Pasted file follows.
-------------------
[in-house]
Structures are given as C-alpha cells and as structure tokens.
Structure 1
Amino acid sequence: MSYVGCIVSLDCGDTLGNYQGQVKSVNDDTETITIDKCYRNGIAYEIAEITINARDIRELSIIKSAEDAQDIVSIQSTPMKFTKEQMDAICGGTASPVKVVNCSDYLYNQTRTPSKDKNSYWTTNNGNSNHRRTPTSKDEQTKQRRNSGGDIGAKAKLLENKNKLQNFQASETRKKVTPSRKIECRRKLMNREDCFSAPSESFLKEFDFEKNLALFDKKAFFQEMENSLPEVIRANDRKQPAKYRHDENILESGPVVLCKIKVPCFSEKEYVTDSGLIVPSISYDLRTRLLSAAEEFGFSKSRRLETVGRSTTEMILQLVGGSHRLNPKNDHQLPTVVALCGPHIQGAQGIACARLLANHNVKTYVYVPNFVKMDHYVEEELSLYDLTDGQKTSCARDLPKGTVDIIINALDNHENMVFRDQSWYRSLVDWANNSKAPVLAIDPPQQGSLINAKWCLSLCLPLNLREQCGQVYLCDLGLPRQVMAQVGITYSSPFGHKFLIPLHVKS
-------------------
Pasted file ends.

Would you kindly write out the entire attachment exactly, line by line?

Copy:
[in-house]
Structures are given as C-alpha cells and as structure tokens.
Structure 1
Amino acid sequence: MSYVGCIVSLDCGDTLGNYQGQVKSVNDDTETITIDKCYRNGIAYEIAEITINARDIRELSIIKSAEDAQDIVSIQSTPMKFTKEQMDAICGGTASPVKVVNCSDYLYNQTRTPSKDKNSYWTTNNGNSNHRRTPTSKDEQTKQRRNSGGDIGAKAKLLENKNKLQNFQASETRKKVTPSRKIECRRKLMNREDCFSAPSESFLKEFDFEKNLALFDKKAFFQEMENSLPEVIRANDRKQPAKYRHDENILESGPVVLCKIKVPCFSEKEYVTDSGLIVPSISYDLRTRLLSAAEEFGFSKSRRLETVGRSTTEMILQLVGGSHRLNPKNDHQLPTVVALCGPHIQGAQGIACARLLANHNVKTYVYVPNFVKMDHYVEEELSLYDLTDGQKTSCARDLPKGTVDIIINALDNHENMVFRDQSWYRSLVDWANNSKAPVLAIDPPQQGSLINAKWCLSLCLPLNLREQCGQVYLCDLGLPRQVMAQVGITYSSPFGHKFLIPLHVKS